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Agriculture

  • Cows not to blame for climate change

    This is an interesting article we received this week, and I would like to share with you.

    Despite oft-repeated claims by sources ranging from the United Nations to music star Paul McCartney, it is simply not true that consuming less meat and dairy products will help stop climate change.  

    UC Davis associate professor and air quality specialist Frank Mitolehner says that McCartney and the chair of the U.N.’s Intergovernmental   Panel on Climate Change ignored science when they launched a European campaign called “Less Meat = Less Heat.”

  • Specialty crop grants to be awarded

    Funding is available for projects that enhance the competitiveness of Kentucky’s specialty crop industries, Agriculture Commissioner Richie Farmer has announced.

    The Kentucky Department of Agriculture is accepting applications for up to $75,000 for specialty crop projects. Grants will be awarded through a competitive process.

    Specialty crops are defined as fruits, vegetables, tree nuts, dried fruit, horticulture and nursery crops, including floriculture.

  • Emerald Ash Borer traps being installed

    Those who live or travel in Kentucky this summer probably will see purple prisms hanging at least 10 feet above the ground in ash trees. These prisms are traps for the Emerald Ash Borer, a destructive insect that was found in Kentucky during the summer of 2009.

  • Preventing bloat in grazing cattle

    We have had a lot of people to contact us regarding cattle dying and bloat.  Here is an article from Dr. Jeff Lehmkuhler, Dr. Roy Burris, Dr. Michelle Bilderback and Dr. Ray Smith, all University of Kentucky College of Agriculture Specialists.

  • Elusive April showers could impact horticultural crops

    I was going to write an article this week about how dry it is, especially for April.

  • HSUS has people fooled

    Recently California and Kentucky have been in the news concerning the HSUS and animal welfare.  Many of you have heard about it or read about it, and if you haven’t, here are some interesting facts we all should be aware of. Credit for the article goes to Kentucky Farm Bureau and they have allowed us to share it with you.

  • 4-H talent show winners announced

    The annual 4-H Talent Show was held on Friday, April 16, at the Springfield Opera House.   Each act was outstanding and the top acts from Friday night will now advance to the district event scheduled for Saturday, May 15, in Elizabethtown.  In the senior vocal category, winning champion was Rose Clements who performed “Sandra Dee.”  Winning reserve champion was Mary Kutter singing “Valentine.” Receiving blue ribbons were Bob Grider who sang “Close Every Door” and Brittany Wells and Tyler Adams who sang “Sissy’s Song.”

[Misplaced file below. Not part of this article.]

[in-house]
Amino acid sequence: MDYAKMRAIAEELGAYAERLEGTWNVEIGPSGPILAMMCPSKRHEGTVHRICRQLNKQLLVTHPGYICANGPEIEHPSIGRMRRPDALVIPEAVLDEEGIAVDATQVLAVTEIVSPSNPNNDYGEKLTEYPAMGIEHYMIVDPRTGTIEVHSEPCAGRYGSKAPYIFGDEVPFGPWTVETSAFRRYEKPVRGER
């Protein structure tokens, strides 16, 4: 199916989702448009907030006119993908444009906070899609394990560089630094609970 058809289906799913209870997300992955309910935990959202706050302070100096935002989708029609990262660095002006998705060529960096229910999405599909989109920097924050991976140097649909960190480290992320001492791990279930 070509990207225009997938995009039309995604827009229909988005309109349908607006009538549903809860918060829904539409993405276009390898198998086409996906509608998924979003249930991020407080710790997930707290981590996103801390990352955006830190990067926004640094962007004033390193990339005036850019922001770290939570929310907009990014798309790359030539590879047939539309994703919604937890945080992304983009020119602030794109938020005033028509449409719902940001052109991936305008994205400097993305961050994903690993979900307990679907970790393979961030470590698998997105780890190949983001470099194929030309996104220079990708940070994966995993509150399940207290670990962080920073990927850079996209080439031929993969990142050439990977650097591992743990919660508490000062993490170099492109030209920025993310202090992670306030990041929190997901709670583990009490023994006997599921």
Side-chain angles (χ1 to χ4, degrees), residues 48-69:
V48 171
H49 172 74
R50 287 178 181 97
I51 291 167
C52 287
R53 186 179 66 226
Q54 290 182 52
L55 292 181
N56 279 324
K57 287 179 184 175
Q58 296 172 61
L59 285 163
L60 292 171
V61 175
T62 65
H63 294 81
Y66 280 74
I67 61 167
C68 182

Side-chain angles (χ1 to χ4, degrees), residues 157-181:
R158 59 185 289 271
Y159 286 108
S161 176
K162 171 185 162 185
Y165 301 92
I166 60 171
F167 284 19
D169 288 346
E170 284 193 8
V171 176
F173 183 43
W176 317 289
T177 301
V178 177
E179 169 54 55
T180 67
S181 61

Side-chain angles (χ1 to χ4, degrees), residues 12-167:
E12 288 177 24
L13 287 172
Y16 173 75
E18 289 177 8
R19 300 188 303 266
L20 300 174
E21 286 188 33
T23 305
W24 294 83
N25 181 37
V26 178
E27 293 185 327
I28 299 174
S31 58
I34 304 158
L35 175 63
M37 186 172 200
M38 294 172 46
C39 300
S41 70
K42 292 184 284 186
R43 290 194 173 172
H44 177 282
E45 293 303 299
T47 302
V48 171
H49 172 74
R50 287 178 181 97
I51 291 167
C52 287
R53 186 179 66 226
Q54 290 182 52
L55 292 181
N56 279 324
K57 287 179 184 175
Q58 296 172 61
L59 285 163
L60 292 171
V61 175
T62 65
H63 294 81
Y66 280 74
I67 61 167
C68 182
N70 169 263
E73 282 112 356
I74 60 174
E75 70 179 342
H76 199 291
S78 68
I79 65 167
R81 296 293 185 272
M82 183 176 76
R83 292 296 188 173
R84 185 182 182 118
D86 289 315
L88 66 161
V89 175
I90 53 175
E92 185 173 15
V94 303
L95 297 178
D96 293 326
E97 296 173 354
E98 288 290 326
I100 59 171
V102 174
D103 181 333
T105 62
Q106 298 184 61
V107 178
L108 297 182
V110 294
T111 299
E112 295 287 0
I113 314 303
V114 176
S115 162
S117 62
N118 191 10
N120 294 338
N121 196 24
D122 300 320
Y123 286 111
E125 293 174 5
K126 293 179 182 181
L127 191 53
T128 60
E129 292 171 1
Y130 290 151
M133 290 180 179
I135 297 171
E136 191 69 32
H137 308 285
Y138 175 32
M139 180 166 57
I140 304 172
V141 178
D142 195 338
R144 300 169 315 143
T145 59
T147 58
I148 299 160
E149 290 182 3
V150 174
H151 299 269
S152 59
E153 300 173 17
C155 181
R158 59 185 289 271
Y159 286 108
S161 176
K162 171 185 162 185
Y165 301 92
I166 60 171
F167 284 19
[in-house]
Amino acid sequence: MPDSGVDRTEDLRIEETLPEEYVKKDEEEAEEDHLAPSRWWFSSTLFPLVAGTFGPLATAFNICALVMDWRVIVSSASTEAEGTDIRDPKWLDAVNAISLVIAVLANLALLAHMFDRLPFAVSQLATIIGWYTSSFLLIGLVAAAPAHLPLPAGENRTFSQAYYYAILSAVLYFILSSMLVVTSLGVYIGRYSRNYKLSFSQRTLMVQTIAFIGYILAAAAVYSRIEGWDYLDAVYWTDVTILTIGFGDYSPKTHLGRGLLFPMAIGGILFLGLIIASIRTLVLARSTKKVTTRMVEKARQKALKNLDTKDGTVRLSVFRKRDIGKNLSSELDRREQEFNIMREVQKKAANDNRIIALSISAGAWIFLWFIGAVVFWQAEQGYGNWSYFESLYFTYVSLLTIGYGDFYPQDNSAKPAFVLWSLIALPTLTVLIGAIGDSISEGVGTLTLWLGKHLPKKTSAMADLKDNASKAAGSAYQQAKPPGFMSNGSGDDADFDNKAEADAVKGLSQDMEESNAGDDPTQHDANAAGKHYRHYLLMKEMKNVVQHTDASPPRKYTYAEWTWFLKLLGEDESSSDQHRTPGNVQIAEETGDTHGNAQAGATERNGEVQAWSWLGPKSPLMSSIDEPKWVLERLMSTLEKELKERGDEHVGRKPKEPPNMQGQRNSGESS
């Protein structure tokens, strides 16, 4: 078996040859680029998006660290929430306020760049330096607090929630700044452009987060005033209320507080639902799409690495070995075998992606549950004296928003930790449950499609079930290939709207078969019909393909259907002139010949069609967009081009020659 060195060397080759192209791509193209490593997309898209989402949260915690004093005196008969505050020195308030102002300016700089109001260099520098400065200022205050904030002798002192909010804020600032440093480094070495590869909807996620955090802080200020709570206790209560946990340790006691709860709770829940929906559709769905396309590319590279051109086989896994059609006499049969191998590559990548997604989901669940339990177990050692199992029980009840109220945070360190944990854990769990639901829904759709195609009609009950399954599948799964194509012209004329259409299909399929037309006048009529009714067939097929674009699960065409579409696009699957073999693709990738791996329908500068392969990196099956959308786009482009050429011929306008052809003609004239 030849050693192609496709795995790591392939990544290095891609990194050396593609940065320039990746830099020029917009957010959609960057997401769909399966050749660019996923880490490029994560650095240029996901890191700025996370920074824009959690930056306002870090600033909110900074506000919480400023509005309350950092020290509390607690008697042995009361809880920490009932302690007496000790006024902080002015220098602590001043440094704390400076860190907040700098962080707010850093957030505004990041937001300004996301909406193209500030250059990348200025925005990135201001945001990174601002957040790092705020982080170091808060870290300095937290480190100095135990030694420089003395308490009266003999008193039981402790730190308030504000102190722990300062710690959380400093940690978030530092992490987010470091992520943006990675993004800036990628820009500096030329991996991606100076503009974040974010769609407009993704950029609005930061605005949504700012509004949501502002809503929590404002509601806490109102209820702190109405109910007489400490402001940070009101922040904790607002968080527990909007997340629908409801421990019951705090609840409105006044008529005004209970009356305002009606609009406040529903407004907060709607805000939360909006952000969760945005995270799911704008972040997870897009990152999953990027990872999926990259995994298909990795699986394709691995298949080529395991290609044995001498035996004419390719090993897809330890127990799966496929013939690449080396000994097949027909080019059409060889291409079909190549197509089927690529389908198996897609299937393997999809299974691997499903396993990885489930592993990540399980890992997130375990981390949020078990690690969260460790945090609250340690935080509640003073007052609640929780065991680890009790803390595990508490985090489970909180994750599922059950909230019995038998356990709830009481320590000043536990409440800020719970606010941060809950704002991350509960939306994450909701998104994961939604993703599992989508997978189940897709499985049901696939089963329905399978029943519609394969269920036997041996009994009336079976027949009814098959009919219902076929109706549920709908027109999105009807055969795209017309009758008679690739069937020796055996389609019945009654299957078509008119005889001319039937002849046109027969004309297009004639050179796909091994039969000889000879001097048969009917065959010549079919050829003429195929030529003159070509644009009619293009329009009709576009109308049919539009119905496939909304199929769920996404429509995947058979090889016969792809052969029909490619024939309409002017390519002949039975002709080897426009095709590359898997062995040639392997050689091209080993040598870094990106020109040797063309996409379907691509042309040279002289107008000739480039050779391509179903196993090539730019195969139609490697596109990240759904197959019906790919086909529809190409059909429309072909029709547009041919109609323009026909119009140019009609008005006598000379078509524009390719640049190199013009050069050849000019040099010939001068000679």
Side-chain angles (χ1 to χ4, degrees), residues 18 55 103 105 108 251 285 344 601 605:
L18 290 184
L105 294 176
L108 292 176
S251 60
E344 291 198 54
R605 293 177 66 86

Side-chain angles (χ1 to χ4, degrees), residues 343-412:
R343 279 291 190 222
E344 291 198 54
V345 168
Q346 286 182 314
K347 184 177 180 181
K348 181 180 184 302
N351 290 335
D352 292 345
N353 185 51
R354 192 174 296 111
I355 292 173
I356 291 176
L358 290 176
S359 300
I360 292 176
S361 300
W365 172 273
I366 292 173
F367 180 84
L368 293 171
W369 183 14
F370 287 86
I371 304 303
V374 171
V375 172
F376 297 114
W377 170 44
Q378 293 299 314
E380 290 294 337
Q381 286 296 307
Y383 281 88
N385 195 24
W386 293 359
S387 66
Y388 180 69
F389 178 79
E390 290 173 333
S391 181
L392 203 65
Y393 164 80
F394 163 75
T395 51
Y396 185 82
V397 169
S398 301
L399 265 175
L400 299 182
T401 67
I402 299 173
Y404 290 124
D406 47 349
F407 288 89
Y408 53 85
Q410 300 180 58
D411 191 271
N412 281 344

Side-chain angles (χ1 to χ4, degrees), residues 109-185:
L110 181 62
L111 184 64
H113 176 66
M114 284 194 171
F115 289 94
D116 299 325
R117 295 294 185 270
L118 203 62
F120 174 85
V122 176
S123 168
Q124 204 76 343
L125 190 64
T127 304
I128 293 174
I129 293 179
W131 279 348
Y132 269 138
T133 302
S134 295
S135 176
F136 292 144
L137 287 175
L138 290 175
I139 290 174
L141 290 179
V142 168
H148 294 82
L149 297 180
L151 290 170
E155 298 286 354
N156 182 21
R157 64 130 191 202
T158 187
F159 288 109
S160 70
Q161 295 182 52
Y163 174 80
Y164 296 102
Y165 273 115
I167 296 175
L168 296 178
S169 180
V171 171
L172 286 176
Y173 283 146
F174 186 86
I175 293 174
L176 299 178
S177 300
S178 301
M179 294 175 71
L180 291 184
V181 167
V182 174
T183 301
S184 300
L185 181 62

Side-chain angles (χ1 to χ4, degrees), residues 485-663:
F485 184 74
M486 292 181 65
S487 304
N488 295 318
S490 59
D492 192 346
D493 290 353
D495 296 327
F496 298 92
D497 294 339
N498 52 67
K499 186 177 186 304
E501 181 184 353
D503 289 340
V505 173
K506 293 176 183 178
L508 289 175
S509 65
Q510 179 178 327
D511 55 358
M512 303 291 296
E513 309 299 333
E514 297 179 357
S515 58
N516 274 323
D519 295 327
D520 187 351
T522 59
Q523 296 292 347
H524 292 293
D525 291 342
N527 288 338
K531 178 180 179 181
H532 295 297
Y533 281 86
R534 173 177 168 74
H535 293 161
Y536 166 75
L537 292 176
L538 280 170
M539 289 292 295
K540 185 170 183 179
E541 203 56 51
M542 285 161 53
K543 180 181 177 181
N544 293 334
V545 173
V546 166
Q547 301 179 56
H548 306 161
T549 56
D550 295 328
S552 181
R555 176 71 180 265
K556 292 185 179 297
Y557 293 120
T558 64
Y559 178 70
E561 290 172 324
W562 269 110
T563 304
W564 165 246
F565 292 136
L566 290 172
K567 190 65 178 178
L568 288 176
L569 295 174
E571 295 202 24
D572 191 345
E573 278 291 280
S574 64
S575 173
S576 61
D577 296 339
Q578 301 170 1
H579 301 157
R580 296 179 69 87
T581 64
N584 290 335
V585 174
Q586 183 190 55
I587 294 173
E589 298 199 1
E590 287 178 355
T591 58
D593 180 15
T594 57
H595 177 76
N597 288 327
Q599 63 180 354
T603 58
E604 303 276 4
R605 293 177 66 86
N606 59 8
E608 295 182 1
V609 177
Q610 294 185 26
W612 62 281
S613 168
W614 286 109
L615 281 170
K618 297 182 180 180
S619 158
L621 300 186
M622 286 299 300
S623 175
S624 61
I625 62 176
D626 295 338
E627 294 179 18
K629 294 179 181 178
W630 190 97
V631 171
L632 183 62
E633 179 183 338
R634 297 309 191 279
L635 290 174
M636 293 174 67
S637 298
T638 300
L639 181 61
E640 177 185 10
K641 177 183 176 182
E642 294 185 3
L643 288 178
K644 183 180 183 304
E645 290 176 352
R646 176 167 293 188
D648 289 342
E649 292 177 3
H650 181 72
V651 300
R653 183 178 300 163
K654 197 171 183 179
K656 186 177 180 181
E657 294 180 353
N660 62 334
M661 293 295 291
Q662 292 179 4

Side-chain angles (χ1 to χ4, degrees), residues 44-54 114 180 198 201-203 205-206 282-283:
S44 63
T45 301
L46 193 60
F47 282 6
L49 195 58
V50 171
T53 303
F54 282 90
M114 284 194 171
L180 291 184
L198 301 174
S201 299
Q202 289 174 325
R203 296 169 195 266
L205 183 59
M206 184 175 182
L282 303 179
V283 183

• Springtime decisions impact dairy profit for the next year

    Kentucky’s spring weather sometimes makes harvesting quality forages a challenge. Spring rains can delay harvest, and since most producers rely on forages for their dairy cows’ nutritional needs, the key is to make the most of Kentucky’s unpredictable weather.

  • Weigh Down winners announced

    “Weigh Down Washington County 2010” began on Jan. 5 and had its last regular meeting on March 2.  Once again, this winter was a challenge with a lot of cold, snowy weather, especially on meeting days.  Many members missed class due to bad roads and miserable weather conditions.  Missing class is not good when you are at home hungry and can’t get away from tempting food.

  • Shop smart at your farmers market

    Farmers markets are flourishing.  According to the U.S. Department of Agriculture, more than 5,000 exist today.  Chances are, one is located in your neck of the woods.

    Many of Kentucky’s popular “homegrown” offerings become available this month as markets around the state open for the 2010 season.  An hour perusing the stalls at your local market is a fun way to spend a morning, and the bonus is flavorful food straight from the garden to the table.

    Here are a few tips to help you get the most from your trip to the market.